Temperature Gauge - This is somewhat similar. 74 Ohms cold, about 10 Ohms hot. The sender for that is near the thermostat housing, the sender has a single pin connection. Now, just for future reference, there are actually two temp senders, one for the gauge, the other for the engine computer. The engine computer sender has two wires and a plastic connector. Measure resistance from the sender pin to ground for the sender at the thermostat and see if that makes sense in the range I mentioned.

Both of these senders have a significant history of failure. You can do all of these tests in 30 minutes or less. I would rule out the senders before going any further with the gauge cluster. But, since you apparently have the gauge cluster out now... you might consider two unrelated things. First, I highly recommend you replace all the illumination lights in the cluster. This is cheap, easy and you will be staring right at them, so why not. I mean, they are 25 year old light bulbs.

Second... if you are not aware of the oil pressure gauge/switch issue, the oil pressure gauge is not an actual gauge. It uses an oil pressure switch and if there is oil pressure, it moves the gauge needle to a certain position. You can make this work like an actual gauge though. To do it, you need replace the sender switch with a common analog oil pressure sender. That's easy, you get to it from underneath, it's towards the front drivers side. But you also have to do a modification at the gauge cluster, you have to bypass a 20 ohm resistor. Here's a thread on the oil gauge: How to: Make Oil pressure gauge perform like "real" gauge

If the sensors are ok, then we can talk about the wiring in the gauge cluster itself. I have helped about a dozen people with the fuel gauge. Only one of them ended up with a problem at the gauge cluster.

Finally, there is a factory manual with wiring diagrams and test procedures for the various switches and systems. This is the EVTM manual and they are all over Ebay for less than $20. Get one of these... you will not regret it.

I try to check this forum daily, usually early morning. But, this being fall, and me being in northern MN, I am busy getting ready for winter, including a pretty major repair job on another truck. But, ask your questions and I will do my best to help.
 






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update: i managed to get the cluster out, (without anyones help) and since im so nice im going to post what i did:
so, if you're stuck like me you're at the step where you disconnected the speedo cable and still nothing
make sure the cable isn't clipped to the body anywhere (mine was) and unclip it
then you gotta unscrew the panel where the hood release is (the screws are at the bottom)
then you have to lower the steering column, which is just two big black bolts facing upwards (you can refer to the 22nd image on this post How to: Remove 1991-1994 Dash with lots of pics)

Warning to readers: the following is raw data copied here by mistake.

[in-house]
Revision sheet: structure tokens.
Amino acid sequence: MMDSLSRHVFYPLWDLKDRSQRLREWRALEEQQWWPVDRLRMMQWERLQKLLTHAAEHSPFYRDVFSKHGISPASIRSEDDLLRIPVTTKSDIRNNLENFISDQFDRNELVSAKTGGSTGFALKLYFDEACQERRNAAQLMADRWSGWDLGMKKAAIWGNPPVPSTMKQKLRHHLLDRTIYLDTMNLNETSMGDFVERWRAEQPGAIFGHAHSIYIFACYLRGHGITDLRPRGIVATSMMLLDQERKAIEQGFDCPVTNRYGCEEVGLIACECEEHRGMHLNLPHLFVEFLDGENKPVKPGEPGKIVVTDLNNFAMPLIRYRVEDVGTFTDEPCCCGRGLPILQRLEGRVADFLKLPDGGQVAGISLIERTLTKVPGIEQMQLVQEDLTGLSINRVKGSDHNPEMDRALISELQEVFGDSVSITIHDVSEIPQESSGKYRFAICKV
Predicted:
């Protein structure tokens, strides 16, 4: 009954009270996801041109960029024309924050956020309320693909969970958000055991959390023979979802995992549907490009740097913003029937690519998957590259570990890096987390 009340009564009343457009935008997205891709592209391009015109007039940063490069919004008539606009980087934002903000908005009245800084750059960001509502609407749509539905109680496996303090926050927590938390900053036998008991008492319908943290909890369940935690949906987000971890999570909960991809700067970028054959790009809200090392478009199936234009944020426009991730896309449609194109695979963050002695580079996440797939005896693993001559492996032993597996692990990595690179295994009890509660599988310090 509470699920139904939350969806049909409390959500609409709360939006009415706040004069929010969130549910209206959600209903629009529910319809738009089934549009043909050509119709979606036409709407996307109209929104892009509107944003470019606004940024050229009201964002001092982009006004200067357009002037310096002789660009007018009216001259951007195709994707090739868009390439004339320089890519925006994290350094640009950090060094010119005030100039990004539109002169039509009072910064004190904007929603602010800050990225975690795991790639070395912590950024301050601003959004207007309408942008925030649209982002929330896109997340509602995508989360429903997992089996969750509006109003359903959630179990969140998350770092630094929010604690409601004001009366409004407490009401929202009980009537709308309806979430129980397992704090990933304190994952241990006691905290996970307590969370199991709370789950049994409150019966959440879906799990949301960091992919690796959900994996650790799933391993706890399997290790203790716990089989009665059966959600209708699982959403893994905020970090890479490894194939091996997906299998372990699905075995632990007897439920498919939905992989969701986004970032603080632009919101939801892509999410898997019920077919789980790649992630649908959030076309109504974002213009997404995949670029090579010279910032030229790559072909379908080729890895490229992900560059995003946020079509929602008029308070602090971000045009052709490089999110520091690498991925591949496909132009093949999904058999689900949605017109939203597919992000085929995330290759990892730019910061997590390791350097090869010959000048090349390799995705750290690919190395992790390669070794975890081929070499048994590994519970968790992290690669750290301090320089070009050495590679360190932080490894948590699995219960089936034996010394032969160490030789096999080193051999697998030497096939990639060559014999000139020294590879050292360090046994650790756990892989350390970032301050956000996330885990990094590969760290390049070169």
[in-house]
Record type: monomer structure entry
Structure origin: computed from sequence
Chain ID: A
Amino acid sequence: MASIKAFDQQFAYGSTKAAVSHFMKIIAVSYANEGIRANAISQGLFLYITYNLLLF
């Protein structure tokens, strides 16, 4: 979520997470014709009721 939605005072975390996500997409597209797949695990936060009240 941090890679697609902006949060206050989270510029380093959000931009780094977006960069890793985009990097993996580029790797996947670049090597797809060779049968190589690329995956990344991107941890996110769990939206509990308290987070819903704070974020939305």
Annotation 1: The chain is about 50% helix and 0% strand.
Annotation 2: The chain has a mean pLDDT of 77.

my truck is a little rusty so i had to pull the column down a bit, it doesn't drop to the floor but it comes down quite a bit.
after that, it was (somehow?) easier to pull on the dash and i had like way way more slack, i was able to access the speedo cable plug on the back of the cluster, and yeah, what you do is push firmly on the flat piece and this will shift the whole white plastic lock thing just enough to allow the cable to release as you pull at the same time
the other two plastic plugs are pretty self explanatory

We do the best we can around here, but first gens are not quite as well known as second gens and not as many people know its quirks, thus this forum see's less traffic. But, it seems you found a way around your issue which is great.

I'm sorry if you feel we were unhelpful, but you need to understand we don't do this for a living, but rather as a hobby. We have no set hours to spend on the forum or a quota of helpful responses to meet and not all of us have the same level of knowledge on these issues as others.

However, this whole forum has millions of posts about issues and more than likely your question has been asked and answered before. This where the search function comes in real handy to mine that treasure trove of knowledge for a more immediate response to your question. And now your solution will be added to that knowledge.
 






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MrQ said it. I was going to respond in kind, but he beat me to it. I'm sorry that when I said you might need to disconnect the transfer case end of the speedometer cable I failed to mention that there is also a clip about mid point on the underside of the body. The only reason I know that is because I have been under my Explorer swapping out a transfer case for the last month and have seen it several times. I failed to mention it because it sounded like you knew what you were doing and didn't need the entire process spoon fed to you.

A simple search revealed numerous threads on this forum
https://www.explorerforum.com/forums/index.php?threadloom/search

Also, you really don't need to remove those steering column bolts to take the dash face off. It pulls off once you remove the bolts holding the ask tray frame in place and unplug the wiring to the headlamp and cargo hatch controls. You can push down on the hazard light switch and pull it straight off. Before you reinstall the dash face, I suggest you strengthen all of the push plug mounts with some 5 minute epoxy. They were not meant to last this long and break with repeated removal and replacement. I have probably been into my dash more than anyone on this forum since I had to completely replace it when I had an electrical fire and it melted. There is not much slack on the instrument cluster wiring harness or the speedometer cable and its a pain to remove and replace. The trick is to be very slow and careful without forcing anything.